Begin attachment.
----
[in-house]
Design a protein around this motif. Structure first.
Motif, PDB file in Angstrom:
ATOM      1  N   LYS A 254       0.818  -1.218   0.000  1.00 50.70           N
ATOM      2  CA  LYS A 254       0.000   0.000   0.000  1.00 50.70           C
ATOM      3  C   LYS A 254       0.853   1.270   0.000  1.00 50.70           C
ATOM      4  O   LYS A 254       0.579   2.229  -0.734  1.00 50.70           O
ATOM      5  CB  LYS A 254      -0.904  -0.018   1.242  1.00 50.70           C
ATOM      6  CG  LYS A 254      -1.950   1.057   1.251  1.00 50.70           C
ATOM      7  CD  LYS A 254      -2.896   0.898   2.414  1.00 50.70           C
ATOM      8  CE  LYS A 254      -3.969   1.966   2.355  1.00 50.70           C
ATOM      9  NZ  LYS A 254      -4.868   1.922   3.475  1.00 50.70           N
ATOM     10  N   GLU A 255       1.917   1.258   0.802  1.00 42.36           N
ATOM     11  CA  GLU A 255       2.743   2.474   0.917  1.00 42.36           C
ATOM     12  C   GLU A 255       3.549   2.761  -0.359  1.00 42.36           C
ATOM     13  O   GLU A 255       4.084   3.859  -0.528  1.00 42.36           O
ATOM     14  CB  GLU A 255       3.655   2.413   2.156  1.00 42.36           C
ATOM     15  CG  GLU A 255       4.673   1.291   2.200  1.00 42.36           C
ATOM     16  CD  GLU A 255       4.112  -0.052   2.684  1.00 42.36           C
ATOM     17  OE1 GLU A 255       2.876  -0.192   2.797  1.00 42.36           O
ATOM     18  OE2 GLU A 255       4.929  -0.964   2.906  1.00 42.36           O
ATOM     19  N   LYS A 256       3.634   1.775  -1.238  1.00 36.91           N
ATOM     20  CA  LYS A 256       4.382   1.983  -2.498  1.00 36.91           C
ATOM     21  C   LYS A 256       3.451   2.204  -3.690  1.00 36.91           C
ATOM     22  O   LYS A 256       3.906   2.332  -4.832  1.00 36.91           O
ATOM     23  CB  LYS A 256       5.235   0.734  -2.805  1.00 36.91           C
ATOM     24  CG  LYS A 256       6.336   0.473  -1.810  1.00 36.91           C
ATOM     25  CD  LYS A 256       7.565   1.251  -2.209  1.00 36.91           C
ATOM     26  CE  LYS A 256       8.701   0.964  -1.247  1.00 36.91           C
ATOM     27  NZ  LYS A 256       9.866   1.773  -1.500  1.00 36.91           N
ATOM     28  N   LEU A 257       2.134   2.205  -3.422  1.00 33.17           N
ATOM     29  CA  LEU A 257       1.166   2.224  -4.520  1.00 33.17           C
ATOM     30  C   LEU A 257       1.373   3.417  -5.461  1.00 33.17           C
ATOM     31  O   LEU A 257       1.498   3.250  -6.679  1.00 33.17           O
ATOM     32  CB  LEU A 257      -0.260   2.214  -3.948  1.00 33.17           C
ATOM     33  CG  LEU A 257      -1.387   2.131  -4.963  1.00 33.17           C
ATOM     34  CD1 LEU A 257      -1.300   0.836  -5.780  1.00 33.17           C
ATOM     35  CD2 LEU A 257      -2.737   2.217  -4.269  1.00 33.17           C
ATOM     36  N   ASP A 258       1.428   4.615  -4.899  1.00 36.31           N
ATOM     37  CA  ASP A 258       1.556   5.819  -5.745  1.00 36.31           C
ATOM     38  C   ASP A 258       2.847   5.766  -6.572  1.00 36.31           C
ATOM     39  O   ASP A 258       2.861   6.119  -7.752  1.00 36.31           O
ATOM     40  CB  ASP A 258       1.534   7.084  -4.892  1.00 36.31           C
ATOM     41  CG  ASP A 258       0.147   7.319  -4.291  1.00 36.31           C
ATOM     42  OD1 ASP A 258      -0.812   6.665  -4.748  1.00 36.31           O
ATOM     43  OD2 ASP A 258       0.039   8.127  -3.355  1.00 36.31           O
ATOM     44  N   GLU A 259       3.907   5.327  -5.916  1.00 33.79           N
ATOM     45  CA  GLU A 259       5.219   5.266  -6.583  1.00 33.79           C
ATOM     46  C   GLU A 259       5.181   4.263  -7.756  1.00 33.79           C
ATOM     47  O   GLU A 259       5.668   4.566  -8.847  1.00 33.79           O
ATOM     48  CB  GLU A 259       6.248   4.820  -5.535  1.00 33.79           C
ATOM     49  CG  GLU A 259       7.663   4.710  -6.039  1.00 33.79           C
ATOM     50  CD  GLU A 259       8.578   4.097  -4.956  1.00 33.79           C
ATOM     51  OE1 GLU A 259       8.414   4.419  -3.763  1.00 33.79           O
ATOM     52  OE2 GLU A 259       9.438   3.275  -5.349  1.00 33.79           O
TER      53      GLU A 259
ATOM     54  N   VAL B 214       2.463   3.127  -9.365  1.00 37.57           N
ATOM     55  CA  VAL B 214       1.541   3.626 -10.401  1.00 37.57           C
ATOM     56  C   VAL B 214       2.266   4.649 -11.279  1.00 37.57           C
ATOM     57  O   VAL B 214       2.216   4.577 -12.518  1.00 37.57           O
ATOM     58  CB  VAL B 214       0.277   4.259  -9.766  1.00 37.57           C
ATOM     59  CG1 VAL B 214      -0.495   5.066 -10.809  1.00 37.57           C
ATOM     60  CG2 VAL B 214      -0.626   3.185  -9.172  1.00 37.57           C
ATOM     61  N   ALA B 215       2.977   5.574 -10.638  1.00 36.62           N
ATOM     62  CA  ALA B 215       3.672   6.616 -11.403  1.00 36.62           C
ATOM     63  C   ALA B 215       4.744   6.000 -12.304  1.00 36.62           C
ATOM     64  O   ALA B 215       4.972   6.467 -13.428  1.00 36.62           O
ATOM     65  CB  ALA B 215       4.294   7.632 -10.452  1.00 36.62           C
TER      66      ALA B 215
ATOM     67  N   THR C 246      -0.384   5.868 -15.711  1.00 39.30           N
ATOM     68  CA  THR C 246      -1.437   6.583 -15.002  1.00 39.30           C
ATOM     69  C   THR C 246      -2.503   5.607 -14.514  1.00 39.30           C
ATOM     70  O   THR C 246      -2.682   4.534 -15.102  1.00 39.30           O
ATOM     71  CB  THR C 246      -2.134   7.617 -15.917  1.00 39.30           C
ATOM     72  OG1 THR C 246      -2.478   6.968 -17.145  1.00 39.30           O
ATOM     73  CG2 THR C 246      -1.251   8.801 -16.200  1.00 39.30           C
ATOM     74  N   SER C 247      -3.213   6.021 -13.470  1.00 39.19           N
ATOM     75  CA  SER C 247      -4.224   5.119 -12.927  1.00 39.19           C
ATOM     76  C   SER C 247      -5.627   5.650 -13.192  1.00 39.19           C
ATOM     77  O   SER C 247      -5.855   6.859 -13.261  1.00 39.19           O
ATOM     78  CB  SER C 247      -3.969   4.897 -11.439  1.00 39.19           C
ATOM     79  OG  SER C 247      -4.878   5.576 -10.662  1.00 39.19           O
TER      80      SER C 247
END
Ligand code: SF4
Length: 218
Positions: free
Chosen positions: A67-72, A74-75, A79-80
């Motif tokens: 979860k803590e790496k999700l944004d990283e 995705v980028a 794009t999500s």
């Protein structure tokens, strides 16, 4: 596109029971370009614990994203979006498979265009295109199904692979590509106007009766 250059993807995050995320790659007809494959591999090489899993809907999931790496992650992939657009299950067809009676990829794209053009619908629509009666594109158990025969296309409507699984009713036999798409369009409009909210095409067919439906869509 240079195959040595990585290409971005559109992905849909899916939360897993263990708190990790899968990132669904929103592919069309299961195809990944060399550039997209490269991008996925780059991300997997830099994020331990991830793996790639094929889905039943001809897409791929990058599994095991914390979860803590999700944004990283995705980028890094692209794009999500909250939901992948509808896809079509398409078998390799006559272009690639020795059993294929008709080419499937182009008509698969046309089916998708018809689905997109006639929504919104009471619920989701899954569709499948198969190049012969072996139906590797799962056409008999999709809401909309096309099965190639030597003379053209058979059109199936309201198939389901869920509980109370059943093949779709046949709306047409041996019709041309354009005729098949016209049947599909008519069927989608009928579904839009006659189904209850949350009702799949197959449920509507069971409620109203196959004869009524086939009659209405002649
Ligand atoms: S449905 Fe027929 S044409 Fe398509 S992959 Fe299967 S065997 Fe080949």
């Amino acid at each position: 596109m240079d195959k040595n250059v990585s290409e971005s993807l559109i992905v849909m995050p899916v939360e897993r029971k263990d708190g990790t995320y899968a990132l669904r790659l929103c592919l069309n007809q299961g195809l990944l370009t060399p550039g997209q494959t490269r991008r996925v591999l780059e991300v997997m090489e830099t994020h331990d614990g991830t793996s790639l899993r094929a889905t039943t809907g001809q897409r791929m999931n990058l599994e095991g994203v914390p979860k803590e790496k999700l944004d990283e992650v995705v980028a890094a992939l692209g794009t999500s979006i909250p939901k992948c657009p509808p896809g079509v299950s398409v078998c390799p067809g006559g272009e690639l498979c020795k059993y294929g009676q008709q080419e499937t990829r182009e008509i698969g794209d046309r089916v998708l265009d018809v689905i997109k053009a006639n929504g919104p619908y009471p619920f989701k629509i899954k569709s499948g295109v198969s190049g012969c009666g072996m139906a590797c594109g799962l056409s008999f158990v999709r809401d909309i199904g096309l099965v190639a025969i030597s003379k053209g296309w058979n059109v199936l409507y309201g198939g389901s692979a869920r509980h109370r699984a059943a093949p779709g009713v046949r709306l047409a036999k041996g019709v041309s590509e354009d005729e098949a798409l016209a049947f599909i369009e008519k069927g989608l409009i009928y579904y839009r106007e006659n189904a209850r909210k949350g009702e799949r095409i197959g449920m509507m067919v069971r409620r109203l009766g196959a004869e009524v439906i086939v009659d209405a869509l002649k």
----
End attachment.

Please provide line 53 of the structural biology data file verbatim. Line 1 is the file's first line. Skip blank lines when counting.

ATOM     50  CD  GLU A 259       8.578   4.097  -4.956  1.00 33.79           C